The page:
The IPAA also includes a laundry list of possible accommodations of pregnant employees.  The list includes longer bathroom breaks, breaks for increased water intake, assistance with manual labor, private non-bathroom space for expressing breast milk and break feeding and on and on.  If any of this is violated the employee or job applicant can file a complaint with the Illinois Department of Human Rights (“IDHR“).  Available damages include attorney fees and costs, actual wage damage, back pay, reinstatement, lost benefits, pre-judgment interest and other relief a judge deems necessary to make the woman whole.

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Suffolk Laundry Services, Inc. pays $582,000 to eight former employees to settle a sexual harassment lawsuit.  The sexual harassment lawsuit was filed by the Equal Employment Opportunity Commission (“EEOC”) after initial settlement talks broke down.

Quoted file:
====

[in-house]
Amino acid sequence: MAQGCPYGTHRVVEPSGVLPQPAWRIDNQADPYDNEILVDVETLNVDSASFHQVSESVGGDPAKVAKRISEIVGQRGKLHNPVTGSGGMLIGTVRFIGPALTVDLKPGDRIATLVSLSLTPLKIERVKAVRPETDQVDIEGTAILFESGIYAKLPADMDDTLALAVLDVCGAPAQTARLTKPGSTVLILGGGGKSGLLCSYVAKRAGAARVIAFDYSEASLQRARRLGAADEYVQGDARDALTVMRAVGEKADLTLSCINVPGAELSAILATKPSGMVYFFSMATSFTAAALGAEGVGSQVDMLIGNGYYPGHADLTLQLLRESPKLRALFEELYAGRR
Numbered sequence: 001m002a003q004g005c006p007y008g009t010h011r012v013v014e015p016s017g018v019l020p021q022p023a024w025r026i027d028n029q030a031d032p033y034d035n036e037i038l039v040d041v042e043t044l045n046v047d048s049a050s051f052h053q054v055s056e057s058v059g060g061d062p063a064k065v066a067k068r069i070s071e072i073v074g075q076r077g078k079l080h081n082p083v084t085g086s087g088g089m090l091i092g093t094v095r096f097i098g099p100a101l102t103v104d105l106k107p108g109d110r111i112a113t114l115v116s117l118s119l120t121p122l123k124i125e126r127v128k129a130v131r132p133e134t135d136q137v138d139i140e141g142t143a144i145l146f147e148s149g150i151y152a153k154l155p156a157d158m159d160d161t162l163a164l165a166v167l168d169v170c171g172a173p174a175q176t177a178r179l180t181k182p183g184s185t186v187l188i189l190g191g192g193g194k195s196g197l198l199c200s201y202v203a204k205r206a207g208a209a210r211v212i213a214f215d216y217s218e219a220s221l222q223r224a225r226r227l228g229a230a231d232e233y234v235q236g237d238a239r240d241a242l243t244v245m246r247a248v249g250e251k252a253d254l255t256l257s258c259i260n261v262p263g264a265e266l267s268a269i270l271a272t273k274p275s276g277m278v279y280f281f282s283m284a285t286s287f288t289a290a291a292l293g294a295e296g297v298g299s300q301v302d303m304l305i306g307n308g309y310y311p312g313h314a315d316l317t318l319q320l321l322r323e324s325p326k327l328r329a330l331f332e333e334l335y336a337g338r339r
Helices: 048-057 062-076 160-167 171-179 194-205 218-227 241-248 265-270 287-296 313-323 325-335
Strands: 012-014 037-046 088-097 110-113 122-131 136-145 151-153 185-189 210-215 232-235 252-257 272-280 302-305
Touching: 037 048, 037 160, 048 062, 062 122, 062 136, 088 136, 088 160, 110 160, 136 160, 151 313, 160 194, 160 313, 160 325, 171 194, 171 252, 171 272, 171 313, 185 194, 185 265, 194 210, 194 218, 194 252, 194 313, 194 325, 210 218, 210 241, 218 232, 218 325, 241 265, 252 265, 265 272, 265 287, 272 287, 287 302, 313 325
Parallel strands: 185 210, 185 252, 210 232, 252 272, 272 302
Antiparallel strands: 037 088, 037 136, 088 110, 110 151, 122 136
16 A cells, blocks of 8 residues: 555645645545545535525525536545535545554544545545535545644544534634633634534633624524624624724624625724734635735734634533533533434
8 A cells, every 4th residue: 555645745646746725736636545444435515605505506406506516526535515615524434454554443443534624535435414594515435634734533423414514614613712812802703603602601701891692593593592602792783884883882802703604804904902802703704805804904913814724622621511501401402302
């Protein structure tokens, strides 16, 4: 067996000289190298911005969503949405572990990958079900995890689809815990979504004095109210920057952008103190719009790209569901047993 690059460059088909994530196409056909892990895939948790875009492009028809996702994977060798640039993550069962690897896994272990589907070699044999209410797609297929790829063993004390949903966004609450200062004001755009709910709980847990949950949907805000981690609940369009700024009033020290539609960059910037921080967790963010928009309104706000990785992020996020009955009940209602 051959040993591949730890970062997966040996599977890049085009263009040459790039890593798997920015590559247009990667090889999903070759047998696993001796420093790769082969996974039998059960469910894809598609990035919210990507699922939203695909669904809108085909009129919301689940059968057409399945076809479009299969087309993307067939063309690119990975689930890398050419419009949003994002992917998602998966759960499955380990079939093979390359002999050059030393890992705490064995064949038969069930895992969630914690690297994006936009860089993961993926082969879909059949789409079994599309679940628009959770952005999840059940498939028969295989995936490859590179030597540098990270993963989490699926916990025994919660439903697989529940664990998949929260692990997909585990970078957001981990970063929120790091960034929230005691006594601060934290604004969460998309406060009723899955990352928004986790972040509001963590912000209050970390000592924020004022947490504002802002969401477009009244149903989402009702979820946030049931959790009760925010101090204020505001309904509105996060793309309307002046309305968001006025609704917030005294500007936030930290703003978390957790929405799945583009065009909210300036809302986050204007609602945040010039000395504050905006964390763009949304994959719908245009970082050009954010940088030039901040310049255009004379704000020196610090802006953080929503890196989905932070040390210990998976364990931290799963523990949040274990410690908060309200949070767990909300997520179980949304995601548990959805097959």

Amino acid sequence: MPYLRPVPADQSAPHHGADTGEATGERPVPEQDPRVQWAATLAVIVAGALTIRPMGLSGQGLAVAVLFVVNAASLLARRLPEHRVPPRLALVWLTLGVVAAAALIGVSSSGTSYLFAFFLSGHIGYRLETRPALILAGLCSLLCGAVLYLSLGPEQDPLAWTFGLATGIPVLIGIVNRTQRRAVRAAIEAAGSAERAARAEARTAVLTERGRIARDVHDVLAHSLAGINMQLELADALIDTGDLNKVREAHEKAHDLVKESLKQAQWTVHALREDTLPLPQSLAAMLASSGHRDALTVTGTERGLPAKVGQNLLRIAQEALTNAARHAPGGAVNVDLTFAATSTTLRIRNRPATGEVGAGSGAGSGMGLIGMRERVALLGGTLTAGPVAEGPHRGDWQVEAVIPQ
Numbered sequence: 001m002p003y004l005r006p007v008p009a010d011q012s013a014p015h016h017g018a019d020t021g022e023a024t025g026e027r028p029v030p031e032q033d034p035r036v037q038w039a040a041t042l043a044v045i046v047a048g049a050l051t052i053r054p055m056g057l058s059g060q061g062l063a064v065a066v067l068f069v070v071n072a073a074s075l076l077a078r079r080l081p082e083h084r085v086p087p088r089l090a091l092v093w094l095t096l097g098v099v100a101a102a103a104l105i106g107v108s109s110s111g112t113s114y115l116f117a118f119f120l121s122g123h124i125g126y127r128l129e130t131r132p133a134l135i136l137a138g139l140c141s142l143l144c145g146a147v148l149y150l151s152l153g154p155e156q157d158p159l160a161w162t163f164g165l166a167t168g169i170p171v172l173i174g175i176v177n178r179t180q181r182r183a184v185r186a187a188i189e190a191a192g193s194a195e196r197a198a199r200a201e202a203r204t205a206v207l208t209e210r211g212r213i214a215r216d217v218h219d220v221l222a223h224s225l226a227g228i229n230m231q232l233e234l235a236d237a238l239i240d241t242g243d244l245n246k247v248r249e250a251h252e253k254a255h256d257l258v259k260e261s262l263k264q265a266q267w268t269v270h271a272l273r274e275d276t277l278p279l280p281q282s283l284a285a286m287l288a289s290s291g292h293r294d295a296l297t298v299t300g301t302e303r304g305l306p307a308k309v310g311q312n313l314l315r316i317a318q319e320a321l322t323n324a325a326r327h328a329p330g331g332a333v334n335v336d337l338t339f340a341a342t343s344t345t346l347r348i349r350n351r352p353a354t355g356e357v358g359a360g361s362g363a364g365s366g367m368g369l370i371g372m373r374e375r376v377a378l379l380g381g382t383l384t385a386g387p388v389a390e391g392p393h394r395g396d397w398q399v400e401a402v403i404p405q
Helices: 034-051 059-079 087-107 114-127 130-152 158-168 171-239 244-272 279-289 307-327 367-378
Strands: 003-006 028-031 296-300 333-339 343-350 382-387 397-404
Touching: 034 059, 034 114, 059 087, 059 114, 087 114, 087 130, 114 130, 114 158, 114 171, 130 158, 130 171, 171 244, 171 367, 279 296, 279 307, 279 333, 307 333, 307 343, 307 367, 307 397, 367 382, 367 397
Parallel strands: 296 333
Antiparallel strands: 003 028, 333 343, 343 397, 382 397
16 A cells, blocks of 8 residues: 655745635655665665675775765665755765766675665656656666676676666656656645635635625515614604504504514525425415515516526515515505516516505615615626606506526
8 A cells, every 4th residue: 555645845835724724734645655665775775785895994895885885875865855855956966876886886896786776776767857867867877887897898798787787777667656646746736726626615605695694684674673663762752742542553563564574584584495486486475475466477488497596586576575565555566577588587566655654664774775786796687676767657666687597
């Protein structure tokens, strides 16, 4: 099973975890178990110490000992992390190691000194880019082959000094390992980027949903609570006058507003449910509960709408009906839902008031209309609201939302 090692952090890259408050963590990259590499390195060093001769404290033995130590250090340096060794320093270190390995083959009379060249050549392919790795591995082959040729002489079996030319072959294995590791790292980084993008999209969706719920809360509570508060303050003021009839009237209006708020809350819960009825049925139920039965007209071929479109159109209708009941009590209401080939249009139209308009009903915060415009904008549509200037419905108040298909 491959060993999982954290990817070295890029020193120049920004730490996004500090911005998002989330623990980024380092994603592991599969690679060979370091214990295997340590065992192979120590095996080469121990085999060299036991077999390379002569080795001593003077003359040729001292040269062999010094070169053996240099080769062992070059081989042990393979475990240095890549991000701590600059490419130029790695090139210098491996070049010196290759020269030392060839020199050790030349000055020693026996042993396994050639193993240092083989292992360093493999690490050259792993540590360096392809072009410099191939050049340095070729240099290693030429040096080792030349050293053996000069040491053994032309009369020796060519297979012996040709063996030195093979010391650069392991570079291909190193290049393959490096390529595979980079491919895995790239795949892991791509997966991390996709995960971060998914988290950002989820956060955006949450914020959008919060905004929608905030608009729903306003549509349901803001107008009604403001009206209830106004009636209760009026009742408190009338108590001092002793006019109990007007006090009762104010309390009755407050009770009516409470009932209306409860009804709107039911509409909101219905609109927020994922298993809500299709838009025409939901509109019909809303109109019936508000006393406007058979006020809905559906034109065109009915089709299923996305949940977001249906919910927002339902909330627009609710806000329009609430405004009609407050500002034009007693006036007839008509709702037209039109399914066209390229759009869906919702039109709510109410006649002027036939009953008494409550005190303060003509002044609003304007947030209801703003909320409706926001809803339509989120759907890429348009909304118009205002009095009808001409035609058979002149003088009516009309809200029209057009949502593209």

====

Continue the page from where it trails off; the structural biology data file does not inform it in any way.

According to published accounts Suffolk Laundry’s manager physically and verbally sexually harassed multiple women who worked at the facility. Over the course of several years, the manager regularly touched them on their buttocks, hips, and backs, forcibly kissed them and made comments about their appearance and body parts. You may not make sexual comments about about an employee and you can never touch an employee in a sexual manner.

“This resolution represents yet another example of EEOC’s efforts to end discriminatory workplace practices against vulnerable workers who often live in the shadows of the economy,” said EEOC General Counsel P. David Lopez.